Country Reports

Saint Vincent and the Grenadines Country Report

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Risk Level

Very High


Executive Summary

The Unity Labour Party (ULP), headed by Prime Minister Ralph Gonsalves, holds 8 of the 15 elected seats in the House of Assembly. The opposition New Democratic Party (NDP) appealed against the 2015 election results, but lost the case in March 2019. The next general election is constitutionally due by March 2021, with Gonsalves contesting for an unprecedented fifth consecutive term, although it is likely that the ULP will call an election before 2020 ends. The economic impact of the spread of the coronavirus disease 2019 (COVID-19) virus will test the ability of the current government to respond to the crisis and is likely to play a major role in the upcoming election. The country began a phased reopening of its borders in July, however, it will likely continue to feel the economic effects of the pandemic with its key economic driver, the tourism industry, still highly affected, with IHS Markit forecasting an economic contraction of 5.9% of GDP in 2020. In March 2020, Gonsalves announced a relief package worth USD26 million of income support to workers and businesses to deal with the impact of the COVID-19 pandemic. The negative economic impact of the outbreak, with possible severe restrictions to government revenue, will add political and economic pressures on the government and are likely to result in small demonstrations to demand government intervention to protect jobs and income in the 12-month outlook.
Last update: September 18, 2020

Operational Outlook

The government welcomes investment, and companies can easily set up operations. The investment promotion agency Invest SVG provides guidelines for investors. However, ongoing constraints include partially deficient infrastructure and the continued threat of natural hazards (mainly hurricanes). Prime Minister Ralph Gonsalves opposes granting citizenship for attracting inward investment. Before the onset of the COVID-19 virus, the country expected a boost in inbound tourism with the new terminal building at the Argyle International Airport and the February 2020 announcement of the construction of the first-ever five-star luxury resort on the mainland.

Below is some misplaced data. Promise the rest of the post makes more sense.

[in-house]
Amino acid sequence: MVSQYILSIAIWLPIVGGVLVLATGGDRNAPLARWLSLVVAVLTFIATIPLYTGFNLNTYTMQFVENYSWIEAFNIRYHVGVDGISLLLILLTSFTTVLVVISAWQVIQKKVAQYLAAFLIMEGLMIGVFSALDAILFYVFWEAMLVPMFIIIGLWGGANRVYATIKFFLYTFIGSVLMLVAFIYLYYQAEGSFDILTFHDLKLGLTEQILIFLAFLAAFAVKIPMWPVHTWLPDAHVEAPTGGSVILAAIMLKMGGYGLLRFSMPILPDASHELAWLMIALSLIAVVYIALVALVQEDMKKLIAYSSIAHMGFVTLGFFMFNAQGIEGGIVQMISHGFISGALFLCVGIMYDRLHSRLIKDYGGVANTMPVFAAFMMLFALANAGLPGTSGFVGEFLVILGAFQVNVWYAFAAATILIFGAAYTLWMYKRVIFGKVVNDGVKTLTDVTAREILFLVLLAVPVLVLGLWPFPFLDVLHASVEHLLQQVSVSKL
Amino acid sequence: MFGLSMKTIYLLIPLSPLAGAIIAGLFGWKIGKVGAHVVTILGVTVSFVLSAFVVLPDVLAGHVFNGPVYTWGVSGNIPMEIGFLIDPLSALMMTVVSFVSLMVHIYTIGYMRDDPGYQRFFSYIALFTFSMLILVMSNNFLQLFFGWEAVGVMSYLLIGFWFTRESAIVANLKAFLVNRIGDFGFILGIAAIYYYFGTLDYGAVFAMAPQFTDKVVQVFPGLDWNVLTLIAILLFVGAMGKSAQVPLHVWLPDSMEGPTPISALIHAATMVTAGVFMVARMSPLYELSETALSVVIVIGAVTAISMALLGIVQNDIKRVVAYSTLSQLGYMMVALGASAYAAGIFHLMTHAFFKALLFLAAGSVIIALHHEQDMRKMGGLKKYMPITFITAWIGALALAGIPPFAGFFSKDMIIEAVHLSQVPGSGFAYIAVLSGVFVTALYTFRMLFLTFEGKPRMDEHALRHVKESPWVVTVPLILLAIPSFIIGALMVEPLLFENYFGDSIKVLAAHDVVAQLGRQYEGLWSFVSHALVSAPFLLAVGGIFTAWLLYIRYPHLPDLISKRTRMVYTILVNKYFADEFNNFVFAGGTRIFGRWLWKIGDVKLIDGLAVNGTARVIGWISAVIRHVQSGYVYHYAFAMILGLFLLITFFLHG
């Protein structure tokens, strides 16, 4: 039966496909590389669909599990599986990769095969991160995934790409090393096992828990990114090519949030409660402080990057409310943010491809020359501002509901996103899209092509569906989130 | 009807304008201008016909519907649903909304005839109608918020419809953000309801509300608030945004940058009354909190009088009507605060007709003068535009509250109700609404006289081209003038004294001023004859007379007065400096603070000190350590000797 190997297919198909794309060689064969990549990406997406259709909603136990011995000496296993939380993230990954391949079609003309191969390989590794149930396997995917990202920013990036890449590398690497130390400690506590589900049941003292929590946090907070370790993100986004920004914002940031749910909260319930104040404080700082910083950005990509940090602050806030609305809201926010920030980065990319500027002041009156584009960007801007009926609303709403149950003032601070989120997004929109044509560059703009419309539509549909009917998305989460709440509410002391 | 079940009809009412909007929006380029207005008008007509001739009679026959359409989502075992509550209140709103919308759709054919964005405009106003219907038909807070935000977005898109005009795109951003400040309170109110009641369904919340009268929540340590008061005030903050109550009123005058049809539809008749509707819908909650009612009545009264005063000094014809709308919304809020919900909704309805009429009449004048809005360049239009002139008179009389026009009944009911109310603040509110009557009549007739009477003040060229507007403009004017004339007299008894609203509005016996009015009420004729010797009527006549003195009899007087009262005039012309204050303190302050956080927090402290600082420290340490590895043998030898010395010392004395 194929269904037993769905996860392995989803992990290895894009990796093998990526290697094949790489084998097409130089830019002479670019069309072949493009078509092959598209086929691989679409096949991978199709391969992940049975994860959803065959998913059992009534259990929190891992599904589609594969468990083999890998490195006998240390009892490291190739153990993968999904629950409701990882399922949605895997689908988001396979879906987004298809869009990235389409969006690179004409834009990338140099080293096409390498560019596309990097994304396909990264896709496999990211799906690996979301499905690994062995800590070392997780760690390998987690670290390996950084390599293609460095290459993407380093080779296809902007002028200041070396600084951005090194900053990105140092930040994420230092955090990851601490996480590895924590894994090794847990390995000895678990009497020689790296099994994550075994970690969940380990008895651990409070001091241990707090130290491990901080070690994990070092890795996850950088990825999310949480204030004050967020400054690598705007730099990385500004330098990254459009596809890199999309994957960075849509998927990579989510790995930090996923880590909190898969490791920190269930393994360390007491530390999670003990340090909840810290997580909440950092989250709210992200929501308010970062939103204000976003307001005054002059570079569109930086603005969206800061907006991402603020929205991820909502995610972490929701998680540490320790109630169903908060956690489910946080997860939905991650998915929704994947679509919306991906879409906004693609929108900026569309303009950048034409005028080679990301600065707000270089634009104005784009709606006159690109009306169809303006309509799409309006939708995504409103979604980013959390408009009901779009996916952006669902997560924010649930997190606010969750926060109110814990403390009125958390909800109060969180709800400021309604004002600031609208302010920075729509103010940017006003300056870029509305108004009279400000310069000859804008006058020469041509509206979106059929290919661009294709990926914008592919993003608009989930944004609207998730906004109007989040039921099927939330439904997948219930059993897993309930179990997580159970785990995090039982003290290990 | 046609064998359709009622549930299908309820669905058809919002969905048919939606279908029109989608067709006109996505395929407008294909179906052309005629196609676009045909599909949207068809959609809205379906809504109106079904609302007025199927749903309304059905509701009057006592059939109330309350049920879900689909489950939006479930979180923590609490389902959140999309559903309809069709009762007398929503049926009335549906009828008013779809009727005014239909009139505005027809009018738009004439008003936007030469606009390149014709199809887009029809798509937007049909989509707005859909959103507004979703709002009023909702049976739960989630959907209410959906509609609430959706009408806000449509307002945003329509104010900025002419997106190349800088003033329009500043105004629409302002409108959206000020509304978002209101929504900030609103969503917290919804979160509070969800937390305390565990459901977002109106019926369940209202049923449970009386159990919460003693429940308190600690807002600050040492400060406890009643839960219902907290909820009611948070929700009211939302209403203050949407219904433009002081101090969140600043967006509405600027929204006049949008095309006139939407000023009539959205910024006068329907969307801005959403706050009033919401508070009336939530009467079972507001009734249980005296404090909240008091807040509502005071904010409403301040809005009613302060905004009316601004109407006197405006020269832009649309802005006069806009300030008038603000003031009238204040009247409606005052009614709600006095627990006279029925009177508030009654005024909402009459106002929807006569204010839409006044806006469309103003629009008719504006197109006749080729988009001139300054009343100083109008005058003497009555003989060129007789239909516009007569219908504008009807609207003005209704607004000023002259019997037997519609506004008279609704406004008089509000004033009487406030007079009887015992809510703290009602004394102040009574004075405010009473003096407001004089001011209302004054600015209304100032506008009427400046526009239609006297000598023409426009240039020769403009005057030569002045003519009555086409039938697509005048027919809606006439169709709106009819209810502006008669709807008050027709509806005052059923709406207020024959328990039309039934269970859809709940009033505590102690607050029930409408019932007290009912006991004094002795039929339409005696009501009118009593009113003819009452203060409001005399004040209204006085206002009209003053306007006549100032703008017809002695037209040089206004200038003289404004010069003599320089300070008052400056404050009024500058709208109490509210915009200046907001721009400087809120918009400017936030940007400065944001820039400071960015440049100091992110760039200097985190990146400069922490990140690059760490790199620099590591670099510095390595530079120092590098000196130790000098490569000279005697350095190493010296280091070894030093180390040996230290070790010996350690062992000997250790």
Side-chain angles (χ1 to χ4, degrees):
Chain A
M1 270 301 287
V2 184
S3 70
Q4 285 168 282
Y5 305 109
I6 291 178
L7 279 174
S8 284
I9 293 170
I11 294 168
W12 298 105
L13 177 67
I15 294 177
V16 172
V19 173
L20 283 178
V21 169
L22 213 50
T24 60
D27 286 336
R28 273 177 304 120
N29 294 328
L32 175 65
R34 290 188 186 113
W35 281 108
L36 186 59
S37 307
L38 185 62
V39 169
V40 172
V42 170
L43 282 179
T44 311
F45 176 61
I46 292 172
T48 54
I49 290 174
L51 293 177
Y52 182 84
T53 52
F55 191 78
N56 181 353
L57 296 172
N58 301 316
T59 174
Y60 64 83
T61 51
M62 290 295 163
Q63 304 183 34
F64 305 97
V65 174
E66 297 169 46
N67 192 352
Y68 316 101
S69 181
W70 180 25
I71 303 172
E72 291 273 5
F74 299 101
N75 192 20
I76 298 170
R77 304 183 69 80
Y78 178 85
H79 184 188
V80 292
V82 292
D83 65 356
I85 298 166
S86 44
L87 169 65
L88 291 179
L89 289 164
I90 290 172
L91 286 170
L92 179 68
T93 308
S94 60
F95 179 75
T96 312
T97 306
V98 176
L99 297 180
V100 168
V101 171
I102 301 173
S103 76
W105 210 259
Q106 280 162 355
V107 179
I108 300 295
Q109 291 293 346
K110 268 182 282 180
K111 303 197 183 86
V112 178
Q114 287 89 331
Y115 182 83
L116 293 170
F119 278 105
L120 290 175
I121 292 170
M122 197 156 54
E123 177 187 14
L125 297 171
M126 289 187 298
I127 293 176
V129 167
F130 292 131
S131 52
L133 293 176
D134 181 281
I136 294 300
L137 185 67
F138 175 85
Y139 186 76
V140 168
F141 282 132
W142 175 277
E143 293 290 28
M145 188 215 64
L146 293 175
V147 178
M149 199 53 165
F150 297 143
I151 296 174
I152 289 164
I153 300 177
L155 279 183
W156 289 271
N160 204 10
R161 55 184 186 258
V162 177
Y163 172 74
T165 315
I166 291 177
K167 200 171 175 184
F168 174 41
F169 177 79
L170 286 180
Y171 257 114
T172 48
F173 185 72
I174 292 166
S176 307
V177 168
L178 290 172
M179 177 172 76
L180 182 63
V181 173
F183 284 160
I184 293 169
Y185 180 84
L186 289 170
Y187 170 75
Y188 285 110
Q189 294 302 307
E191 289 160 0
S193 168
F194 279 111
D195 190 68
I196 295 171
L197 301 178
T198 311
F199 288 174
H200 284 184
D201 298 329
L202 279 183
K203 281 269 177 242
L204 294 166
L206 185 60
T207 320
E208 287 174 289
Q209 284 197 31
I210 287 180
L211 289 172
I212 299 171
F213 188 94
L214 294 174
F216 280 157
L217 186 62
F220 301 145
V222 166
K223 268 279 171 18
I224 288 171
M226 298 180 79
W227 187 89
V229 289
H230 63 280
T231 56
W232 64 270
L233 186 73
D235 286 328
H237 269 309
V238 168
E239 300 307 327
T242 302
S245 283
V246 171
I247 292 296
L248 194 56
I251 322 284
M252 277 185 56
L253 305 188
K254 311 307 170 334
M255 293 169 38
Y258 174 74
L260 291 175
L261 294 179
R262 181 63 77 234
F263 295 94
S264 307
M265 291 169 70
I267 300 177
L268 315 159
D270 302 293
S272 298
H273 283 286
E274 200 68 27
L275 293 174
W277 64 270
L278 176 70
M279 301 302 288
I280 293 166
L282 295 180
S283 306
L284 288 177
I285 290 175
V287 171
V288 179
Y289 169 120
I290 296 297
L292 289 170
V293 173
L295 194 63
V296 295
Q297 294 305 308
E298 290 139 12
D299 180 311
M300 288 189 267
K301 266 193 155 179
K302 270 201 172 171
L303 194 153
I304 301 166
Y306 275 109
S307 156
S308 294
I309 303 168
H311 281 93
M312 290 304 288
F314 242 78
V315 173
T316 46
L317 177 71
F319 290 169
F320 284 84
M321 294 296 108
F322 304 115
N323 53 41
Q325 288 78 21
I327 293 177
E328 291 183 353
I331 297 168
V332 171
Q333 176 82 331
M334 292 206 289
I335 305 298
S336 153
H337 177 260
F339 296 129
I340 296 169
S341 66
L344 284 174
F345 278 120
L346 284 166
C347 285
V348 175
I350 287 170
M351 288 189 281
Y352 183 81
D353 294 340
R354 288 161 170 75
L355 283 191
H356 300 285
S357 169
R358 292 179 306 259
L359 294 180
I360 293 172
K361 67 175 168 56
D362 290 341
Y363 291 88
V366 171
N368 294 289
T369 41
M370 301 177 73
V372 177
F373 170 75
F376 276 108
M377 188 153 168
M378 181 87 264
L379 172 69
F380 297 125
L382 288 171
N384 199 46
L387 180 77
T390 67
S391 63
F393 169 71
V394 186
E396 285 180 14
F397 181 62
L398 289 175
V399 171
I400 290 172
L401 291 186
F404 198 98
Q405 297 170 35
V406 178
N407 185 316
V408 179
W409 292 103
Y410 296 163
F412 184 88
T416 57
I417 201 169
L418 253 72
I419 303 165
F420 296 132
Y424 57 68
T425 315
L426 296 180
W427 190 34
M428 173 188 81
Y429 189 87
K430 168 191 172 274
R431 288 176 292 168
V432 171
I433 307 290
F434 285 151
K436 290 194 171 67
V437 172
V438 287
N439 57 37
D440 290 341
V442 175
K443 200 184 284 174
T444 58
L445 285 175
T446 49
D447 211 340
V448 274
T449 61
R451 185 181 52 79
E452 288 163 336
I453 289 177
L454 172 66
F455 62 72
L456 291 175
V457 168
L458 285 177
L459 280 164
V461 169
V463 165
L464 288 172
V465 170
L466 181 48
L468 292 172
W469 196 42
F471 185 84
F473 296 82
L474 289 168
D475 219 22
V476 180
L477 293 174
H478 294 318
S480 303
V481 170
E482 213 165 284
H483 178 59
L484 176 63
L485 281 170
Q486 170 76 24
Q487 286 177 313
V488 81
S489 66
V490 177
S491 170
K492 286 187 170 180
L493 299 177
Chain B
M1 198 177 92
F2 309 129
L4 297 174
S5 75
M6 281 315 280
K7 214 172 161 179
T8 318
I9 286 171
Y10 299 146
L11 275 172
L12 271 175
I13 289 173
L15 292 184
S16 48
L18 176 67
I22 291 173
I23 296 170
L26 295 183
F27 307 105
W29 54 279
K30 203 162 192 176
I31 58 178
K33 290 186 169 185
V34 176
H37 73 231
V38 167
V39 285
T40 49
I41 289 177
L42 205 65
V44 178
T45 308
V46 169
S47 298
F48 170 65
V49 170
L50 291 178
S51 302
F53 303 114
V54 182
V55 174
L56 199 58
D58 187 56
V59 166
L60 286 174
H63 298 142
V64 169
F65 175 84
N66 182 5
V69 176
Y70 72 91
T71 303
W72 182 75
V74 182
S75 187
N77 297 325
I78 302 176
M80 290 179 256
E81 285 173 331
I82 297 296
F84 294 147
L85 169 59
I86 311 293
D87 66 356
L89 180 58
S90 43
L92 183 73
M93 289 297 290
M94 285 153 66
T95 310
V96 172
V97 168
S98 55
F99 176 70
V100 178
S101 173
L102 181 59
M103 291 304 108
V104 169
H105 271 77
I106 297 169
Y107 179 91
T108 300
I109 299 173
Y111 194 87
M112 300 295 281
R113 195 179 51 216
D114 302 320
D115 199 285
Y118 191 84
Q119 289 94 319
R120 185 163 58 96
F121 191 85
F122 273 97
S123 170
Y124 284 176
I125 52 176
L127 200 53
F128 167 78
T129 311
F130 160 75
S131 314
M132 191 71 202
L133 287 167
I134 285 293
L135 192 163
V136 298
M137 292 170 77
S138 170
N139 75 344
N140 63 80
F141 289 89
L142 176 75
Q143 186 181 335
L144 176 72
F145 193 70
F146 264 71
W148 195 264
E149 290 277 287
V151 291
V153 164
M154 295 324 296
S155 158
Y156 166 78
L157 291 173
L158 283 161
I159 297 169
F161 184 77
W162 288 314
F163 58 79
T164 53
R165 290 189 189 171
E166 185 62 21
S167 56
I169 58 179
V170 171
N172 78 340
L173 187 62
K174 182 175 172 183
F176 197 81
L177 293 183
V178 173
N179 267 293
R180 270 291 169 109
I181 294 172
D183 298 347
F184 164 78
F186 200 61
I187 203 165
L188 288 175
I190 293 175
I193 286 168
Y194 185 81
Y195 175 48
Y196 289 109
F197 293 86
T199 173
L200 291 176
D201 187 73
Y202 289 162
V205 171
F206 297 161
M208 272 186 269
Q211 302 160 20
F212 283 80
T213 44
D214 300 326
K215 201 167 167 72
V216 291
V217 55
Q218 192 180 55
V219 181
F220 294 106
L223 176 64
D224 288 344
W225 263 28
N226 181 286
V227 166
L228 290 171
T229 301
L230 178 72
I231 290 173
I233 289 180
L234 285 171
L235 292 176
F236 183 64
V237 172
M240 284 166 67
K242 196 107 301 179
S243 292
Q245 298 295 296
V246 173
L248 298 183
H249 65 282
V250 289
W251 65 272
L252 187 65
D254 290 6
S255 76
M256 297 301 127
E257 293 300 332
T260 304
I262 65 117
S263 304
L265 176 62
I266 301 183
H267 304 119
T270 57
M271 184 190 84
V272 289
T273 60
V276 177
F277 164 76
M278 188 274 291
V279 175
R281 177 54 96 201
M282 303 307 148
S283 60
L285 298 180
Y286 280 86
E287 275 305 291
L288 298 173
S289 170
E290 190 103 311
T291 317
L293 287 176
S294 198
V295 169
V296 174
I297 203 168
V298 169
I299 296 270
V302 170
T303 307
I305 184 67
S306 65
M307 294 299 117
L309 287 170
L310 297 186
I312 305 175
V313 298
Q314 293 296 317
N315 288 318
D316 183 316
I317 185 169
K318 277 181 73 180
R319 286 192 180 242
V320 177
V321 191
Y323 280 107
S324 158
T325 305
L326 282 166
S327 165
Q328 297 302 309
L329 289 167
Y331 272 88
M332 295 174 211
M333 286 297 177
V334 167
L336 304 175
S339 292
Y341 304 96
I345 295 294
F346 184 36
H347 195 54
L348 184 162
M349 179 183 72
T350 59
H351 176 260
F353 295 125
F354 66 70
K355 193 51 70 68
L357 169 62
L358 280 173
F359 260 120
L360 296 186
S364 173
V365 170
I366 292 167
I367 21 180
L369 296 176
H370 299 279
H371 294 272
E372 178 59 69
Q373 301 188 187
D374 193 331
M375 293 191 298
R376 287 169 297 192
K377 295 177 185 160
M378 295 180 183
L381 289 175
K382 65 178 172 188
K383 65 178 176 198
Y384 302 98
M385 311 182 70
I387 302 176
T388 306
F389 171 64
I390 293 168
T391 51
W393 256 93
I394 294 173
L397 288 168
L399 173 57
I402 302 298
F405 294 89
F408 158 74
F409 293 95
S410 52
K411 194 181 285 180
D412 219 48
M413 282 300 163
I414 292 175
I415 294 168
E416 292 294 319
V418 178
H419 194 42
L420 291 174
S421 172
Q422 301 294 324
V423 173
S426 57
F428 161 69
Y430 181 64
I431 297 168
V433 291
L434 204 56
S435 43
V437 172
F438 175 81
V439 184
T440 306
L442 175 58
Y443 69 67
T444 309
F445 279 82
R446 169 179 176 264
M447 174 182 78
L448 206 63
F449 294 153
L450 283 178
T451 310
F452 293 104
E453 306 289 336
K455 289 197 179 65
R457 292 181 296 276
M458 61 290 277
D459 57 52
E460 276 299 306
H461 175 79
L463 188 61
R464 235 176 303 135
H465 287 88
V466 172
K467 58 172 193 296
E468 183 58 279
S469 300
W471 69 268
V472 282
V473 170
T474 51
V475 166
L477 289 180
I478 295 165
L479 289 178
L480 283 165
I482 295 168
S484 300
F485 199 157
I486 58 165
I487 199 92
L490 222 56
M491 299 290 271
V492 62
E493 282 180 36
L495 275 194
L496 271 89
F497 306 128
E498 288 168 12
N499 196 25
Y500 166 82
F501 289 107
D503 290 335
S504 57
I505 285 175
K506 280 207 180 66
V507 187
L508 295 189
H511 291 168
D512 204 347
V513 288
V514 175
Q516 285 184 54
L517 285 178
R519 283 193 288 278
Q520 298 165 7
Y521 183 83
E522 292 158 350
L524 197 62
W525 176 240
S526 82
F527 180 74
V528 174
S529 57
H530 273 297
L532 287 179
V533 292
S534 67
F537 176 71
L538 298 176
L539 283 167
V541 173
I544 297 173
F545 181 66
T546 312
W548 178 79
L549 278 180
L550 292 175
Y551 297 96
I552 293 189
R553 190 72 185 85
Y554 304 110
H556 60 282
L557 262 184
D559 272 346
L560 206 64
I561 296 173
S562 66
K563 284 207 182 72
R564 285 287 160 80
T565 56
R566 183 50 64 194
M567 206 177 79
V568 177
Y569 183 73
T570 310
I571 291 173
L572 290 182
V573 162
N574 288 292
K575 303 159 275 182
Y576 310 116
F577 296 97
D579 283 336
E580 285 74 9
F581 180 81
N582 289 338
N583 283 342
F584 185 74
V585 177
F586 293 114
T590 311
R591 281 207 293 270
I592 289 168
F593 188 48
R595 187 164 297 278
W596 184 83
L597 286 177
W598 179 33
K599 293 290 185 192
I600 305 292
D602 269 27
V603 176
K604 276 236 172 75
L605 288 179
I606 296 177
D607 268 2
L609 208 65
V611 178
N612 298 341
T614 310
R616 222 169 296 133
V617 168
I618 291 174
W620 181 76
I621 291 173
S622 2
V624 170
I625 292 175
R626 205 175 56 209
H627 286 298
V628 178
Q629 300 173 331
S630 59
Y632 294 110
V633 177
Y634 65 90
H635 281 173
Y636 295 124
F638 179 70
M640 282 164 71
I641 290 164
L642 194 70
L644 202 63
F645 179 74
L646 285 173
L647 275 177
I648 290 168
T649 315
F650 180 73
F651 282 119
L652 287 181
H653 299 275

Last update: June 17, 2020


There are no domestic terrorist groups with the intention or capability to undertake attacks against the population and/or commercial or government-owned property. The country is not considered a target for international terrorist organisations.

Last update: June 17, 2020


In common with other Caribbean countries, St Vincent and the Grenadines' crime rates remain relatively high, mainly because of the growth of drug trades and the greater availability of firearms. There has however been a decrease in the number of reported murders, by 44% from 34 cases in 2018 to 19 in 2019. The majority of victims of homicides are locals. Although crime levels do not pose a serious risk to foreign investment, visitors face theft risks outside hotel areas at night.

Last update: June 17, 2020

War Risks

The likelihood of inter-state conflict involving St Vincent and the Grenadines is very low. St Vincent disputes Venezuela’s claim to Bird Island, but relations between both countries are friendly under the current administrations. Prime Minister Gonsalves has ideological sympathy for the governments of Cuba and Venezuela and has not recognised Juan Guaidó as Venezuela’s interim president. The country works alongside US and European security forces, particularly in regional anti-drug trafficking efforts. In 2017, St Vincent and the Grenadines signed maritime boundary agreements with Barbados and St Lucia, reducing the risk of diplomatic disputes.

Last update: June 17, 2020

Social Stability

Protests and strikes in the country are generally peaceful and do not pose a threat to the stability of the government. Strikes generally affect the education sector, carried out by the St Vincent and the Grenadines Teachers’ Union (SVGTU), or transport sector. The negative economic impact of the COVID-19 pandemic, especially in the tourism sector, will add political and economic pressures on the government and will likely result in small demonstrations to demand government intervention to protect jobs and income.

Last update: June 17, 2020